A tribute that even the famously stringent Tosh could admire.
Angus Taylor 2011-01-21
Bushman, born Dwight Duncan in Saint Thomas, Jamaica, has been considering paying homage to Peter Tosh since his fifth album, 2004’s Signs. Several years and a few postponements later, he has finally struck home with a respectful selection of the great man's works.
Of course, no one can quite capture the tension and defiant vitality of Tosh's singing, yet Duncan's sonorous voice is a very good fit. There’s a comparative lack of tartness in his rich vocals, but his more peaceable approach reminds us this is a Bushman album as well as a celebration of the Wailer himself.
Tosh's Lennon- or Dylan-like way with a cruel brush-off (Brand New Second Hand) and his love of the herb (Legalise It, Bush Doctor) are all well realised here. Glen Browne production Buck-In-Ham Palace (released on 2008’s Get It in Your Mind) showcases his revolutionary spirit, while Buju Banton sounds overjoyed to roar on Mama Africa – voiced long before his 2010 travails. There's also a nice reworking of one of his crossover efforts, the Mick Jagger duet Don't Look Back, with young lion Tarrus Riley taking Sir Mick’s place.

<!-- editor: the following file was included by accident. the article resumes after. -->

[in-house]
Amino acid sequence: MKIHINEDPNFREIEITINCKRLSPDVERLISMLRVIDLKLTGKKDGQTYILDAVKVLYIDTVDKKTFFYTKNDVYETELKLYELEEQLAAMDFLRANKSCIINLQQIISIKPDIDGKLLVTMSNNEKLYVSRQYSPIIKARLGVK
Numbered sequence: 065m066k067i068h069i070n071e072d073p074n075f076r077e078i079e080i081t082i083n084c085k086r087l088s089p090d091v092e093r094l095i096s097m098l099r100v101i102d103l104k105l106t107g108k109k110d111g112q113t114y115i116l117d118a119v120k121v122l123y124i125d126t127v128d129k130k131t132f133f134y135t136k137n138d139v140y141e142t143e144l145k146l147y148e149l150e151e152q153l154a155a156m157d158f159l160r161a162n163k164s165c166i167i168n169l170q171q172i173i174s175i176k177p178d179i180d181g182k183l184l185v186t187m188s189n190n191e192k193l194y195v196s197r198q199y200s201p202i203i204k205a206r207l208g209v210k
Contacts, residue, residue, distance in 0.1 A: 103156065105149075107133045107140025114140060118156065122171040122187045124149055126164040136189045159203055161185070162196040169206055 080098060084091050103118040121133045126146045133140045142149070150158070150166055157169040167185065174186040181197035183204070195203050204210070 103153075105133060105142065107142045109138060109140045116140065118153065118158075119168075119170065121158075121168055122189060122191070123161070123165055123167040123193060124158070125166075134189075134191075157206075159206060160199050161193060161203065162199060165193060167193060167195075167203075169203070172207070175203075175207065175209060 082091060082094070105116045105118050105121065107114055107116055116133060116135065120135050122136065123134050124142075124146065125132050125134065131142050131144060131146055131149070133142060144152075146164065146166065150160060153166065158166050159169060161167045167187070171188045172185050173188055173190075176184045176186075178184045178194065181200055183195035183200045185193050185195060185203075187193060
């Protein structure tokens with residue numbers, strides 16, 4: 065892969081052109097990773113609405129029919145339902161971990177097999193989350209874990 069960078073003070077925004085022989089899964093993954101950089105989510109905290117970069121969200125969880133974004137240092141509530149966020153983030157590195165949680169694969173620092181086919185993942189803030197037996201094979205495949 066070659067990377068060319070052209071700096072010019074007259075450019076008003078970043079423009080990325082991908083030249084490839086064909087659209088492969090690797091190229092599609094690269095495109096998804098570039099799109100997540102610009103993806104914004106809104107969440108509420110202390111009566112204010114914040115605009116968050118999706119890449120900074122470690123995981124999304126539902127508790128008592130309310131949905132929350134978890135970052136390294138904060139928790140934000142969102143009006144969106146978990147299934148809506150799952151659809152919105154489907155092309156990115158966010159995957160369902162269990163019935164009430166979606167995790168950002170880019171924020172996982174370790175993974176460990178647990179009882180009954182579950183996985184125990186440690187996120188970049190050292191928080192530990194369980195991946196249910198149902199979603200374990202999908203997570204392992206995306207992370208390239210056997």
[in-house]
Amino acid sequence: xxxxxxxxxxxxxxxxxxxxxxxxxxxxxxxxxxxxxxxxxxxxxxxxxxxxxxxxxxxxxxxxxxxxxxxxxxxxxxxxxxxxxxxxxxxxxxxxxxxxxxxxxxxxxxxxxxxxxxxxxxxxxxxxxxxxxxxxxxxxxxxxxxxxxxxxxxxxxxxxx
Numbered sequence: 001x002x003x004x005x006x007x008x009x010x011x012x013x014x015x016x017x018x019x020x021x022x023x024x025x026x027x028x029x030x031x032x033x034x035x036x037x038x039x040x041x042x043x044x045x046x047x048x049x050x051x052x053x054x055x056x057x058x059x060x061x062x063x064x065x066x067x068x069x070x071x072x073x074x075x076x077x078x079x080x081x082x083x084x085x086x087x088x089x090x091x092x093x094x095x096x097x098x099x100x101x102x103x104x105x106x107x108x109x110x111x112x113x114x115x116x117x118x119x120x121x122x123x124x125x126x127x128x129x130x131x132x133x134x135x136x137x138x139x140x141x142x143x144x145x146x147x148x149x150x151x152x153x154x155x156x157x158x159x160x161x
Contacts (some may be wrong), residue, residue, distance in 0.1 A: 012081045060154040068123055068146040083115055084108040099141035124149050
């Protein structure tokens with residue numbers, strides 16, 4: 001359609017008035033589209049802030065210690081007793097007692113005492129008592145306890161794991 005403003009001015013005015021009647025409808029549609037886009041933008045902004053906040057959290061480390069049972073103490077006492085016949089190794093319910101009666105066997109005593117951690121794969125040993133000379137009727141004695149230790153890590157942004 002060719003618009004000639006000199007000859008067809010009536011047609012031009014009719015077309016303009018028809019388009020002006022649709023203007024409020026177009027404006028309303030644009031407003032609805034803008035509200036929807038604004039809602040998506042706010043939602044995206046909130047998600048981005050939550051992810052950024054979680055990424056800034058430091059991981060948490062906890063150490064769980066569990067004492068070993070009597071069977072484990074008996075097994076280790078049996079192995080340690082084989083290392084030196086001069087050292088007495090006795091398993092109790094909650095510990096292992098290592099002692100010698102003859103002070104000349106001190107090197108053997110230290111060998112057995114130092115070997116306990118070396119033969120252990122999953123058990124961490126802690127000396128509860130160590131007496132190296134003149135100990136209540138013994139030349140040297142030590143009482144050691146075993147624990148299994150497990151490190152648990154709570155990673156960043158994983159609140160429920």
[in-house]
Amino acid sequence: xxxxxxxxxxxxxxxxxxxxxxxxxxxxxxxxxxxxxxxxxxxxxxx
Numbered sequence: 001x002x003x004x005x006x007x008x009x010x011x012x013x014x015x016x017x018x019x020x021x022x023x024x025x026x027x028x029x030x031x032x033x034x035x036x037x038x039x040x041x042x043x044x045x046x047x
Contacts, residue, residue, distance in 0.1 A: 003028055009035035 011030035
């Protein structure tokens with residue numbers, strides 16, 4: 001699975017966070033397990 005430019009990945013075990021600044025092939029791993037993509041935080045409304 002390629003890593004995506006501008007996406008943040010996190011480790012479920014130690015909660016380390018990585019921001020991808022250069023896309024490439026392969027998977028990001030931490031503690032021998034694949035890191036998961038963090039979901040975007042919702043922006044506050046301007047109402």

The rhythms, co-produced by Penthouse, mixed by Jukeboxx’s Shane Brown, and played by (amongst others) Sly Dunbar and original Bush Doctor keyboardist Robbie Lyn, are both modern enough in sound to feature on a one-drop mix and organic enough to meet the needs of most 70s obsessives. All in all, this is a tribute that even the famously stringent Tosh could admire.